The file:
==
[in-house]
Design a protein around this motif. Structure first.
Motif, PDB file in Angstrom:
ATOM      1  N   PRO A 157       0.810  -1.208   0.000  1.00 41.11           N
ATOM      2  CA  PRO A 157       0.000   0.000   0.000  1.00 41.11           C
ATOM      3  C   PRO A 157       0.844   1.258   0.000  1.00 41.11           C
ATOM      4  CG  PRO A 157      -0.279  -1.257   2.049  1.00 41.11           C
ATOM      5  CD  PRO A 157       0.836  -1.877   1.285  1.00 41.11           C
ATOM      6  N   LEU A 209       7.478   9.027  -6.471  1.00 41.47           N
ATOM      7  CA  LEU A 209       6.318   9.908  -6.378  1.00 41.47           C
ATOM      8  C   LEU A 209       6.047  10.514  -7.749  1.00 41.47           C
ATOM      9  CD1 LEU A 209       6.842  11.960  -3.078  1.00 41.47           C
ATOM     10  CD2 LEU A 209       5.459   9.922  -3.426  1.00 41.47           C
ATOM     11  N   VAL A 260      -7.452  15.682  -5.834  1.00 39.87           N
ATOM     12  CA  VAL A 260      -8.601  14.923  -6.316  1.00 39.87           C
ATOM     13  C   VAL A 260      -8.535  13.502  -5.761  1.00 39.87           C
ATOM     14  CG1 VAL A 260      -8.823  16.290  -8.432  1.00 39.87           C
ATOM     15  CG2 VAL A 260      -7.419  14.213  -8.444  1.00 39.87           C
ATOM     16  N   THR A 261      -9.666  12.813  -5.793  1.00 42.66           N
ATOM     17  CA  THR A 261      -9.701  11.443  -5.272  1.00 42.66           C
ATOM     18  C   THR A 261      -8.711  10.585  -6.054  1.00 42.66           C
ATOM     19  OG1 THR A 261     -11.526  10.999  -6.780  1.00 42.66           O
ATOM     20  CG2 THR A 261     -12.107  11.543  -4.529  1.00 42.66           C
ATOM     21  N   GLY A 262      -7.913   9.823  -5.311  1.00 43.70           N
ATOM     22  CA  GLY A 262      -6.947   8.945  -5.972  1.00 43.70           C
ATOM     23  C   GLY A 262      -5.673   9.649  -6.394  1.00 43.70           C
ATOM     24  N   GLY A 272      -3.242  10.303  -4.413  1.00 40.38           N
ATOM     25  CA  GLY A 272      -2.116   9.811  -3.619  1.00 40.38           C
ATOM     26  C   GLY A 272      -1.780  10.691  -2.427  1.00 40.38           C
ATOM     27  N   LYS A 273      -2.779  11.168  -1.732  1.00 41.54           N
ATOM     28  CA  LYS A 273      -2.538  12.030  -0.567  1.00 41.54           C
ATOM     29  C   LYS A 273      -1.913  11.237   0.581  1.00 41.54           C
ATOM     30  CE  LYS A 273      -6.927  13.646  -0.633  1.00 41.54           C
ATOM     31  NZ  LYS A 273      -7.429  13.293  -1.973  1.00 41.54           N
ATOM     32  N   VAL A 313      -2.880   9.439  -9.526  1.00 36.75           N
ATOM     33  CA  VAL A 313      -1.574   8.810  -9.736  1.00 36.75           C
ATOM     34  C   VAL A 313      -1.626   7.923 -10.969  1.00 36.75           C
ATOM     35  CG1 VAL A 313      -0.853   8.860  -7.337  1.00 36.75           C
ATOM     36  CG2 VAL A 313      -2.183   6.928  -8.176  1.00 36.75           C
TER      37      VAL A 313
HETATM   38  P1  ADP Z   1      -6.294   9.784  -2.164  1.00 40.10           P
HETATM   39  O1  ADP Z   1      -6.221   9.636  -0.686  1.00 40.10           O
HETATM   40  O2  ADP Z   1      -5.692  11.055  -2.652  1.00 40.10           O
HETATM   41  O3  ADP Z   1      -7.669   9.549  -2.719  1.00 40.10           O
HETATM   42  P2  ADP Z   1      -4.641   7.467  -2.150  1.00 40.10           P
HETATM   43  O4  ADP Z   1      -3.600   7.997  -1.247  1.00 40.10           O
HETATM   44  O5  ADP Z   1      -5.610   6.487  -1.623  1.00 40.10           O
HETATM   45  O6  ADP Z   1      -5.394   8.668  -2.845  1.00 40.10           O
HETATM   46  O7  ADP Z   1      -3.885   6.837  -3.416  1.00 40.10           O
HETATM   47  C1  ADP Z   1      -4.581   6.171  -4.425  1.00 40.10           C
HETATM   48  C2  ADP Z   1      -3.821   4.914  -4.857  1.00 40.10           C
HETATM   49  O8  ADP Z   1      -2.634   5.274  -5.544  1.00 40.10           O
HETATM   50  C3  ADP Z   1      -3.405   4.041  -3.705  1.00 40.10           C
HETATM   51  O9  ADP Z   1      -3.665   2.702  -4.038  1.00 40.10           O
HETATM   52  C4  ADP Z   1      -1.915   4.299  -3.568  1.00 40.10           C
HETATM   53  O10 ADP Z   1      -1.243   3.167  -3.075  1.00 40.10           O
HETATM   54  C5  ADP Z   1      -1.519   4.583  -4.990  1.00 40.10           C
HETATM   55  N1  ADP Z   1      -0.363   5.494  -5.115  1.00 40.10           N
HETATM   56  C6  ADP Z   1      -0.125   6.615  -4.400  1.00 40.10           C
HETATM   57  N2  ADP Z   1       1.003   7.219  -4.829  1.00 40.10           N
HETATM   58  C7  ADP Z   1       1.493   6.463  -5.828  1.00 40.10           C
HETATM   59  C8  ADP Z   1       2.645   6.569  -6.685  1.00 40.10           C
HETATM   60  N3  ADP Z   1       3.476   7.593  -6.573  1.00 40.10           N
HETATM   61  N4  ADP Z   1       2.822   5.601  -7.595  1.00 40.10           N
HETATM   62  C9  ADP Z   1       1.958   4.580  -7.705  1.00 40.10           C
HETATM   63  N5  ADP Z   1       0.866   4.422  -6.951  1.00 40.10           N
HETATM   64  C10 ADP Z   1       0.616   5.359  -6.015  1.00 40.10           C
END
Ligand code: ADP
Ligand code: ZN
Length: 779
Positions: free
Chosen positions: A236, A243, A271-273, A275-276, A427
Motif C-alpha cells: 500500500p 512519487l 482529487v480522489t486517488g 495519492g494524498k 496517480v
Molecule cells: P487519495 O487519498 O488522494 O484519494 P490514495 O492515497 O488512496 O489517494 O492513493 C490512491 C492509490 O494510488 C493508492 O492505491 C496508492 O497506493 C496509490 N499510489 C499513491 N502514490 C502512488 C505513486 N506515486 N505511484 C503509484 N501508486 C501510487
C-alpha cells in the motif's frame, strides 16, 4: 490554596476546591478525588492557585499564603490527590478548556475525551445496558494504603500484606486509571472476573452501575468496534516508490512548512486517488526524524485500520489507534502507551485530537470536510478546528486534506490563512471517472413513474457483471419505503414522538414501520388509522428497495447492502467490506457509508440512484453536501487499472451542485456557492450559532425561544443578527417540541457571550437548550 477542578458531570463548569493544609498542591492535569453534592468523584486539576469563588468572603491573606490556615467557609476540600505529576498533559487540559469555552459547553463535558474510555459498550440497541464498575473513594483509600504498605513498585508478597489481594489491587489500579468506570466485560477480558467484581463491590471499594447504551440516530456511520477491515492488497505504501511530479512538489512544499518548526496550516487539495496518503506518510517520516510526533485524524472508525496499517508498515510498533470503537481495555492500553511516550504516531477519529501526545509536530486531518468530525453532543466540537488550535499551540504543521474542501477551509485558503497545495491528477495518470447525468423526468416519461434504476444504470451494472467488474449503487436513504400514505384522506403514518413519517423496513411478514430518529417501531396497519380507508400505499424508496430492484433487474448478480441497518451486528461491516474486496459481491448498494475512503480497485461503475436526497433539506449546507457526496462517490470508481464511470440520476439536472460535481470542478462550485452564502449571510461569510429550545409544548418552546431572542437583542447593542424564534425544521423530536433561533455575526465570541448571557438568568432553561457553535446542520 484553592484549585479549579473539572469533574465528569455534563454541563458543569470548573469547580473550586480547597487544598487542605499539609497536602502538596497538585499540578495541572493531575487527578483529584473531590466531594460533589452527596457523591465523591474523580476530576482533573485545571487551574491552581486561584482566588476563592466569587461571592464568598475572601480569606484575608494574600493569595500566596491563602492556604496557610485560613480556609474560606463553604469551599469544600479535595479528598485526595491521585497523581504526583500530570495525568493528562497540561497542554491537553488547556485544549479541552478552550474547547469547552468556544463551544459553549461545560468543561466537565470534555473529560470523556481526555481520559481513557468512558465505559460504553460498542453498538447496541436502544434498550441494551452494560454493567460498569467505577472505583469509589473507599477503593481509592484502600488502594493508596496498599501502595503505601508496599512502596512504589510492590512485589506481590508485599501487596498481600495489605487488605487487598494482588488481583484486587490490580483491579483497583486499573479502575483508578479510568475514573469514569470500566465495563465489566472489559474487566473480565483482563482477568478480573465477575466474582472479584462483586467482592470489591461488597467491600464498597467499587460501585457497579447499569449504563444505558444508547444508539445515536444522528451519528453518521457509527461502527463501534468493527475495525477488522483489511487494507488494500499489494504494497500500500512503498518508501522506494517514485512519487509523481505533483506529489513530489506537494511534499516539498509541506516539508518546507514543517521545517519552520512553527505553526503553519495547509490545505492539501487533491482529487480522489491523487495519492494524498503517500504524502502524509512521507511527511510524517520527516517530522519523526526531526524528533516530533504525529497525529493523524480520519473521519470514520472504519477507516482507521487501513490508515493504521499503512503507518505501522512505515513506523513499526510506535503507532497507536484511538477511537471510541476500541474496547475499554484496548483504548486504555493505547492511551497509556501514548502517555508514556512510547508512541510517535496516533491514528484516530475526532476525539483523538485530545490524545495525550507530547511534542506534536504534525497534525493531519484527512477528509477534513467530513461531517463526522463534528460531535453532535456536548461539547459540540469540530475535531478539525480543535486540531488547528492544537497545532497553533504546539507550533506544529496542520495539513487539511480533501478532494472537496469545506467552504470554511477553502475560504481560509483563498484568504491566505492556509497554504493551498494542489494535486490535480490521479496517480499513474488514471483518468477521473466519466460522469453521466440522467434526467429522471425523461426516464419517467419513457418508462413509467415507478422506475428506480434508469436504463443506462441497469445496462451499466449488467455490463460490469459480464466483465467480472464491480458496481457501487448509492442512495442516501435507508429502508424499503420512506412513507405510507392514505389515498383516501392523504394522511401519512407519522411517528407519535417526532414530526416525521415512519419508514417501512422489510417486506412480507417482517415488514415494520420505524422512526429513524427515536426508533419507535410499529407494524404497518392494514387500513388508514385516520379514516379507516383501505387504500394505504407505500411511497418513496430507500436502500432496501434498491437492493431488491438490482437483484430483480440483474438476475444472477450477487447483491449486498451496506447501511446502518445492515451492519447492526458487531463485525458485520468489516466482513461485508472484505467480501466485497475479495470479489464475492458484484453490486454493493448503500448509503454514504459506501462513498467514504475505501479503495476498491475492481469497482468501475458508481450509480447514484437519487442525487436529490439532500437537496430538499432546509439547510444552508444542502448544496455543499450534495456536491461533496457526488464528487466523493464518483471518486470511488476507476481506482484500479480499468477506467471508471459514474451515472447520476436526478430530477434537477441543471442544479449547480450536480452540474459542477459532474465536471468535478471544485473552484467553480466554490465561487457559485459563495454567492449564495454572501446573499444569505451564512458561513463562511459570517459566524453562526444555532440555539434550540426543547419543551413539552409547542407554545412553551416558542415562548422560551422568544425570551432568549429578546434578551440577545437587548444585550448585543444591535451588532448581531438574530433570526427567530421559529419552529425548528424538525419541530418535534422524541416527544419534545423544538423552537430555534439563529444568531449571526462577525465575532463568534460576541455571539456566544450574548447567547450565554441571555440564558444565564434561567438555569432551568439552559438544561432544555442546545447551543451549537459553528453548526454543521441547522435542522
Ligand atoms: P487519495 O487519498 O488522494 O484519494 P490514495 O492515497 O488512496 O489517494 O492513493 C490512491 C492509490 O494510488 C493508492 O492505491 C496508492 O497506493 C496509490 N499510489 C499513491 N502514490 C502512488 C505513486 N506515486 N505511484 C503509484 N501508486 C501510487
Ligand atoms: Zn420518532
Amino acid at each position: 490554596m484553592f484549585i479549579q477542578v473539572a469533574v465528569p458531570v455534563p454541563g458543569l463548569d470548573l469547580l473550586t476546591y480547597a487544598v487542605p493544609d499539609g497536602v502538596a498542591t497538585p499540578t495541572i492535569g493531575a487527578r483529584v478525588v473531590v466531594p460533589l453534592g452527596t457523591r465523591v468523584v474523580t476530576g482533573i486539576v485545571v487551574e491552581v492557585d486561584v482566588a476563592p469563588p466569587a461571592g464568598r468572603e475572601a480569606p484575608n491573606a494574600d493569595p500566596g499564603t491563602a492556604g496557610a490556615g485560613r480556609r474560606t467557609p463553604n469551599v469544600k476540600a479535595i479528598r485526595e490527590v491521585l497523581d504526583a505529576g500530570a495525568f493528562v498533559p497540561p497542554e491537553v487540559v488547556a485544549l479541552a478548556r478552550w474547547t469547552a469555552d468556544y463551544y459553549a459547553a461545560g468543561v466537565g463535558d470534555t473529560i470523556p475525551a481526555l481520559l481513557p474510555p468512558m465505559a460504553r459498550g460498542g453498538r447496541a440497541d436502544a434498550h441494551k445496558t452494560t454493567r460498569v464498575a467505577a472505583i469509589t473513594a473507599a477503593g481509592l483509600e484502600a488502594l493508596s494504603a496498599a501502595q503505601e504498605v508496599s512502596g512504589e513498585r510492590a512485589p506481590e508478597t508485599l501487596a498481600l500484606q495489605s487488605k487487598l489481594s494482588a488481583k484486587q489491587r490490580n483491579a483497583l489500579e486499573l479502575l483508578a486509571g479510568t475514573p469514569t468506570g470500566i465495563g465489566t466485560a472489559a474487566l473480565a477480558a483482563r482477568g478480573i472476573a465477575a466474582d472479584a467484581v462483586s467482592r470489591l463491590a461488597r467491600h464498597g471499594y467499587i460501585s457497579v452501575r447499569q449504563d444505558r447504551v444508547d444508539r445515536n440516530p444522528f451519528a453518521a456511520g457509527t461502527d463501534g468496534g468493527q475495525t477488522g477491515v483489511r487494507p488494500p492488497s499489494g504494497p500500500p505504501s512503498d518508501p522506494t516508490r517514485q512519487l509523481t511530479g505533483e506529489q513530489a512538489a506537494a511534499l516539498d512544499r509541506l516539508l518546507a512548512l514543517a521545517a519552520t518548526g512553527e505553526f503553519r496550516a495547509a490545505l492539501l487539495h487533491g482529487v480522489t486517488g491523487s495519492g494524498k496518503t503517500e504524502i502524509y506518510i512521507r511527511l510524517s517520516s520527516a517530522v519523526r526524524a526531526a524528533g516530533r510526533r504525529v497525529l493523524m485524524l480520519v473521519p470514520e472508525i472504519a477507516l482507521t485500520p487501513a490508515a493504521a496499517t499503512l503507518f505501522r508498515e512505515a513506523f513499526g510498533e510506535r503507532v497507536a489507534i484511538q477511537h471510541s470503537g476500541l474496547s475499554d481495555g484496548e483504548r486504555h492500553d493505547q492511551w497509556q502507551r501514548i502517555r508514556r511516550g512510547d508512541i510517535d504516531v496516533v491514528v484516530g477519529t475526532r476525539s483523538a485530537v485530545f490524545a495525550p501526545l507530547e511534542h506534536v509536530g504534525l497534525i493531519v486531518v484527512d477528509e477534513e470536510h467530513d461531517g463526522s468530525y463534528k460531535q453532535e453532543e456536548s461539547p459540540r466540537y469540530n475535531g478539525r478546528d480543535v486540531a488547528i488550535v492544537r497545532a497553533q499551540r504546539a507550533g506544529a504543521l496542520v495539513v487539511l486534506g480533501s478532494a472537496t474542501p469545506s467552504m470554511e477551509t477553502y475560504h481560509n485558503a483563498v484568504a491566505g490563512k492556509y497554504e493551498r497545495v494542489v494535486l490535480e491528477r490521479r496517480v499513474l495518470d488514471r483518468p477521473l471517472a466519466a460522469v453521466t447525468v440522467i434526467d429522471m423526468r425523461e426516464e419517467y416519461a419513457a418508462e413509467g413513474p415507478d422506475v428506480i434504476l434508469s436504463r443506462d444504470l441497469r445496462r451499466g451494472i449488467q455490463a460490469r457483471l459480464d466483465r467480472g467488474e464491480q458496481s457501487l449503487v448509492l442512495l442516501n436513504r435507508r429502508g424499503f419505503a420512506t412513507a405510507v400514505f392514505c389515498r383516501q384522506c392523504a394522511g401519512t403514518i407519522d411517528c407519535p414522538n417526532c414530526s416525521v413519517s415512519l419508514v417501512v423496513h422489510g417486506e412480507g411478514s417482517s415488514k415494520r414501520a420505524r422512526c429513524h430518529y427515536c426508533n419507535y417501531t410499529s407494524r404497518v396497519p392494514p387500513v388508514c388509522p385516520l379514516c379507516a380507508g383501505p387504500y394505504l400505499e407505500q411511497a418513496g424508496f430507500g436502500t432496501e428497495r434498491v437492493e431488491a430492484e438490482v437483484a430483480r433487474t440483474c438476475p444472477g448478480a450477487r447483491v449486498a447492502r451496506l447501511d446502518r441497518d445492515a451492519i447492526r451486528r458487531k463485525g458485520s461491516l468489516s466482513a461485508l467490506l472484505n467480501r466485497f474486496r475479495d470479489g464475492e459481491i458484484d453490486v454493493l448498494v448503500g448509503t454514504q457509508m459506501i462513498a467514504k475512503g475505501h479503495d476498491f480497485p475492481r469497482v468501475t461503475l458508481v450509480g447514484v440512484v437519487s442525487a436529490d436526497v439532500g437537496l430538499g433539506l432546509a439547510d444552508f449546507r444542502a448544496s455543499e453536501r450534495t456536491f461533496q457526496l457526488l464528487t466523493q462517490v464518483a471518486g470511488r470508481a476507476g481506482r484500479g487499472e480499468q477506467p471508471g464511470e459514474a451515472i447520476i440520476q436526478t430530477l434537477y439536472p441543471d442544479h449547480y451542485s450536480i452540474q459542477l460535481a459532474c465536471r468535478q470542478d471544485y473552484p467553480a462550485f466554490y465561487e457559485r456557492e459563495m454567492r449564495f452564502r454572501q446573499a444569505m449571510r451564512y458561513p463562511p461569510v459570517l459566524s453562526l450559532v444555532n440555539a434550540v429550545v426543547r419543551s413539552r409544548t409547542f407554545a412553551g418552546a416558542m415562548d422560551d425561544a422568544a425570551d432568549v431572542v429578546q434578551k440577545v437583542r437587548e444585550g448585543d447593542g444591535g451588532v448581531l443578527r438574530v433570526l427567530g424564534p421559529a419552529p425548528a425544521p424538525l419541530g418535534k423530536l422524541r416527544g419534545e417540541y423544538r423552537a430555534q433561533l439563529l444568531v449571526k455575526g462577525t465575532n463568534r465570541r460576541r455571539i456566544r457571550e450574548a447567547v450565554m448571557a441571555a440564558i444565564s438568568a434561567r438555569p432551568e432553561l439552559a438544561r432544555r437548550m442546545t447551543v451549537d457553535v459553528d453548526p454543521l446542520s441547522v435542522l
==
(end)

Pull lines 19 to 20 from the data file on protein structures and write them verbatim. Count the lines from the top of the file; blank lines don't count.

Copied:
ATOM     16  N   THR A 261      -9.666  12.813  -5.793  1.00 42.66           N
ATOM     17  CA  THR A 261      -9.701  11.443  -5.272  1.00 42.66           C